Abes glanced down the gantry awkwardly, at another Gundam standing silently nearby. "Yeah, well, you can't let it control you either," he said. "I know memories and symbolism are all you have left of the Orb Raiders, but the Orb Raiders aren't the only thing you have left." He gestured sweepingly towards the rest of the ship. "You've got us. We have Coordinators and Naturals and Extended here, and we've got our rough edges and our tensions, but the important thing is that we've spent the past three years fighting together. We're a team of our own now, just like they were and you're part of us, just like you were part of them." He crossed his arms. "Now, I don't really want to get involved in all the drama around here, but at the same time I would rather you knock it all off. You've been like this for as long as you've been here; Viveka has just made it unavoidable. You need to get your head on straight, or else who knows what you'll turn into."

"It's not that simple," Athrun protested. "I can't just sweep aside my entire identity. For all my life I was told by my father to fight for my people. He turned out to be a madman, but I thought I had found the cause I needed to fight for when I joined Lacus and Kira and Cagalli but that was all gone, just like that." He shook his head. "I can't just leave it."

"But we're Athrun's friends..." Stella started, not looking as though she totally understood the conversation but certainly understanding when she needed to affirm her friendship.

Abes studied the brooding young Coordinator for a moment. "I'll put it for you like this, then," he said. "In training, they told us that sometimes we would get machines that were damaged beyond repair. And it would suck, because we'd have no choice but to scrap it or cannibalize it. But they told us to look for opportunities in those cases, for salvageable parts or the chance to build something entirely new." He shrugged. "It's terrible that you lost everything at Solomon's Sword. Shouldn't happen to anyone. And you shouldn稚 forget about them. But this," he gestured out towards everything around them again, "is all new. The slate's clean. You can start again fresh."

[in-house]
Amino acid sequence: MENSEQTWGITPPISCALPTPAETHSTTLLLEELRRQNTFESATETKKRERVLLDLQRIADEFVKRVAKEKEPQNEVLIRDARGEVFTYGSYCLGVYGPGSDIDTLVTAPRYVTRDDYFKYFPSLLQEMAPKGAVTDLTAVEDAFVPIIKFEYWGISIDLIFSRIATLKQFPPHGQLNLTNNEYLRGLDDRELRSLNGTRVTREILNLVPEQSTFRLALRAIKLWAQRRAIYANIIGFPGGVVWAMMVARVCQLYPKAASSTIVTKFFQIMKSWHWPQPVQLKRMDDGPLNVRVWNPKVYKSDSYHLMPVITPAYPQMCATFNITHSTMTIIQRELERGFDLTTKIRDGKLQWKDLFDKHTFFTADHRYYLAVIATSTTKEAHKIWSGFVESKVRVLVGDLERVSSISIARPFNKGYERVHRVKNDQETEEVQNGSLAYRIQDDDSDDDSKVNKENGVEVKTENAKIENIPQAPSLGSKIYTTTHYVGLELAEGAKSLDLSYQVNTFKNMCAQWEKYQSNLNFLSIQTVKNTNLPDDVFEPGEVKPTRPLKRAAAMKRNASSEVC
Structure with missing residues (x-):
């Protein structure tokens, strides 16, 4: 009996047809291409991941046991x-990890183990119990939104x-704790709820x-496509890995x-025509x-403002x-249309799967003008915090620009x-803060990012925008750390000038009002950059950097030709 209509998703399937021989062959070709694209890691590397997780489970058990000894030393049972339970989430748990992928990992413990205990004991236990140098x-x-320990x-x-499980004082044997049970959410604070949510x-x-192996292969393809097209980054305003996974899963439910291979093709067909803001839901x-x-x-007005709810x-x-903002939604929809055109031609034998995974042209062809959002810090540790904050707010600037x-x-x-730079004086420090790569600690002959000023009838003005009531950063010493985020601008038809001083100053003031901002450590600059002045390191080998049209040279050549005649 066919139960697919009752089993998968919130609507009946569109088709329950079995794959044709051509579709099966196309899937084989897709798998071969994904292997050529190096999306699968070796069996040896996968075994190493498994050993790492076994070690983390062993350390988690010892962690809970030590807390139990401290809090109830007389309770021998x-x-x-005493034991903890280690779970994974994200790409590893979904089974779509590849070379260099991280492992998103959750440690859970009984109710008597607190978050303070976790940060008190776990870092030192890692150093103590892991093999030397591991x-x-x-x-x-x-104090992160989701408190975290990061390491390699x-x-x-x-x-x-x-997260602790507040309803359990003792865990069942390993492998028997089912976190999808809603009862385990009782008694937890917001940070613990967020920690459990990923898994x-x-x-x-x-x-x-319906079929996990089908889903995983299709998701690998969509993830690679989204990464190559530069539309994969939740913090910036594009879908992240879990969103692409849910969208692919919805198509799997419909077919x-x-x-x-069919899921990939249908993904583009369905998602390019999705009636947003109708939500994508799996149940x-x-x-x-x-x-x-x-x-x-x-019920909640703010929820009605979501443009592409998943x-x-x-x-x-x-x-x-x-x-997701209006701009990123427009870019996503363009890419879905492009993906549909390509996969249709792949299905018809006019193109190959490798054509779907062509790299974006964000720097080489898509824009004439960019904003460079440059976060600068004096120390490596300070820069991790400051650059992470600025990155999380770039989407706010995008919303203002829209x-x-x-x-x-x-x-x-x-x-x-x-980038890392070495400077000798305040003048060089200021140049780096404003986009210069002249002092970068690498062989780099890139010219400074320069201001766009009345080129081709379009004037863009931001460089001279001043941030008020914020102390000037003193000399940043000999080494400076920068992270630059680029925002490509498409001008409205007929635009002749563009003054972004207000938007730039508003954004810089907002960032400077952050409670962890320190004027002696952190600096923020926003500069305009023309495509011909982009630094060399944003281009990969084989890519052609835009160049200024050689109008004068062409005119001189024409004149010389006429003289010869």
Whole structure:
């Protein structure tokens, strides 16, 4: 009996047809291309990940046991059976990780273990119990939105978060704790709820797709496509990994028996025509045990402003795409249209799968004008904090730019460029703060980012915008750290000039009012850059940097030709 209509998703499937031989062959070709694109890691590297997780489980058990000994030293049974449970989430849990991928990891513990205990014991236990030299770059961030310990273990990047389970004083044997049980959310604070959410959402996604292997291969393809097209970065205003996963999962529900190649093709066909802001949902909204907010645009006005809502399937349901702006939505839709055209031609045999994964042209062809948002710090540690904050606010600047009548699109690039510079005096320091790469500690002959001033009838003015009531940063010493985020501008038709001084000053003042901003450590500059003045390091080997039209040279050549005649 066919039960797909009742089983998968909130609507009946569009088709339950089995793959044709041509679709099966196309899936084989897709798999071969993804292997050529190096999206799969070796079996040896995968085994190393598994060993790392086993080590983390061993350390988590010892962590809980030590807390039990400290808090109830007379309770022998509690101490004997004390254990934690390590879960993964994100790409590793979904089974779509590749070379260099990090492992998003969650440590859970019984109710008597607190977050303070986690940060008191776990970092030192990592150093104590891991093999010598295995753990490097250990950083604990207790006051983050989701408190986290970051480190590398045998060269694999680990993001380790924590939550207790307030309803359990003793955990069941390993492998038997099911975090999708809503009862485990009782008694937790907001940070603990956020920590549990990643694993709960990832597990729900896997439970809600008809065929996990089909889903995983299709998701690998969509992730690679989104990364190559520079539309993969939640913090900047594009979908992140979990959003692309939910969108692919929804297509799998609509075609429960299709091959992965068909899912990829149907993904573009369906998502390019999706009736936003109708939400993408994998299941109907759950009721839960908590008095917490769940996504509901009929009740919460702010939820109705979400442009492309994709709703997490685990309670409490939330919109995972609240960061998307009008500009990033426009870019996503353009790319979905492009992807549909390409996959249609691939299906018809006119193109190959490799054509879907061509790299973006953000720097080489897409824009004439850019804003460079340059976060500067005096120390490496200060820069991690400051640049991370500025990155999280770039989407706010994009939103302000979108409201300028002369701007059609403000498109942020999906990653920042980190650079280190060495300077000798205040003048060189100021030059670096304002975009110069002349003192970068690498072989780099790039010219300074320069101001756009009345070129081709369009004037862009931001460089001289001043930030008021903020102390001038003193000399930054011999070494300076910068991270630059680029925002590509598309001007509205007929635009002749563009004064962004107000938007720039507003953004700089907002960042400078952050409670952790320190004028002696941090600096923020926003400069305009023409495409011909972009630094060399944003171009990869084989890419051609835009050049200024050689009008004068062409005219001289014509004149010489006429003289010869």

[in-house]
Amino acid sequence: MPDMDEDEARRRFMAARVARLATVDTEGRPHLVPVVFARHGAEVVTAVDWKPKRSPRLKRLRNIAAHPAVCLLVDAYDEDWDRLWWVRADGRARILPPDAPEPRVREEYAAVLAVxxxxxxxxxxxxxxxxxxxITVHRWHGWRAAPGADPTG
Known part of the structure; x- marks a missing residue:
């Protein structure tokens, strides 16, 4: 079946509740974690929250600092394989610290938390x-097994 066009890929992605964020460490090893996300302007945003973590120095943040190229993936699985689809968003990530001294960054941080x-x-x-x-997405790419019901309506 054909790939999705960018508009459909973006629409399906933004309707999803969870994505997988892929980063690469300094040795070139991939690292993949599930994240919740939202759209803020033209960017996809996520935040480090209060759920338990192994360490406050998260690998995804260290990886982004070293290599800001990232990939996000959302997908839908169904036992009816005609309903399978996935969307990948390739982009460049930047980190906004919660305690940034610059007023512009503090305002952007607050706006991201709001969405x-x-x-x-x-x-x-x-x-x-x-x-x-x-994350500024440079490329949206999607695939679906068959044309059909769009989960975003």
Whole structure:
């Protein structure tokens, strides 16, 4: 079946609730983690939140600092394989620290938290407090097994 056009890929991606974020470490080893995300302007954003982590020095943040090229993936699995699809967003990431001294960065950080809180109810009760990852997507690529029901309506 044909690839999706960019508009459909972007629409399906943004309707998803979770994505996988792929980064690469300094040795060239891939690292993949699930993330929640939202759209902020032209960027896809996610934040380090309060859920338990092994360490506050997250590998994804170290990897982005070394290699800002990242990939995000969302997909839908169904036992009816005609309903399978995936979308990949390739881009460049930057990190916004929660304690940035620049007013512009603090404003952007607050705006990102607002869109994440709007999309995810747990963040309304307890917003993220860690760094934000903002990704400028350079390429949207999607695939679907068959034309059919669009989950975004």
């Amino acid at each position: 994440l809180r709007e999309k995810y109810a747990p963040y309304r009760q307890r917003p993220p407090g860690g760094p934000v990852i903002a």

Athrun looked back down towards the Akatsuki's image, and glowered at its shining armor.

"Not yet I can't."


Rau Le Creuset would have almost been proud. The Minerva's crew had been hand-picked by the ZAFT high command, consisting of enough talented young recruits and a corps of experienced commanders to give them orders. Much of that crew had survived the Junius War, and now it was part of what made the Minerva so formidable in battle. And as a former ZAFT officer himself, well, he couldn't help but feel a twinge of pride, even for its nervous captain and haunted pilots.

Mostly, he mused, because that made them useful, and if there was one trait Rau Le Creuset valued, it was usefulness.

He stood with arms crossed in the interior observation deck, gazing out over the Minerva's sloping hull and towards the horizon. Onigashima was waiting there, but Onigashima was probably not going to be much of a challenge to the Minerva's experienced pilots. Especially not after Commander Argus had destroyed their naval detachment. The island's rocky surface could stop lots of things, but it would be hard-pressed to stop the mighty Tannhäuser.

And yet Argus had chosen not to aid his erstwhile comrades' attack, but had instead chosen to plant his fleet in between Onigashima and Carpentaria, such that if the Minerva wanted to return to Carpentaria after the battle, it would have to go through Argus's fleet.

Of course Captain Hawke could not see it coming. She understood intellectually that she and her ship were hated among ZAFT veterans, but she did not understand in her heart and that, Rau knew, was the true mover of mankind. And it was clear to a sober-minded, experienced strategist like Rau that Argus was setting up an attack of his own. He had the forces and he had the hatred, and hatred merged with power could do fearsome and foolish things.

And that would not do. Not at all. Not while the Minerva and its pilots and its Angel of Death were still useful. And not while the clock was ticking.


"Man, our part of this plan sucks," sighed Auel, leaning heavily against the gantry railing and watching as Sting reloaded the Chaos' CIWS ammunition. "Figures that Shinn and Emily get to go smash up the base."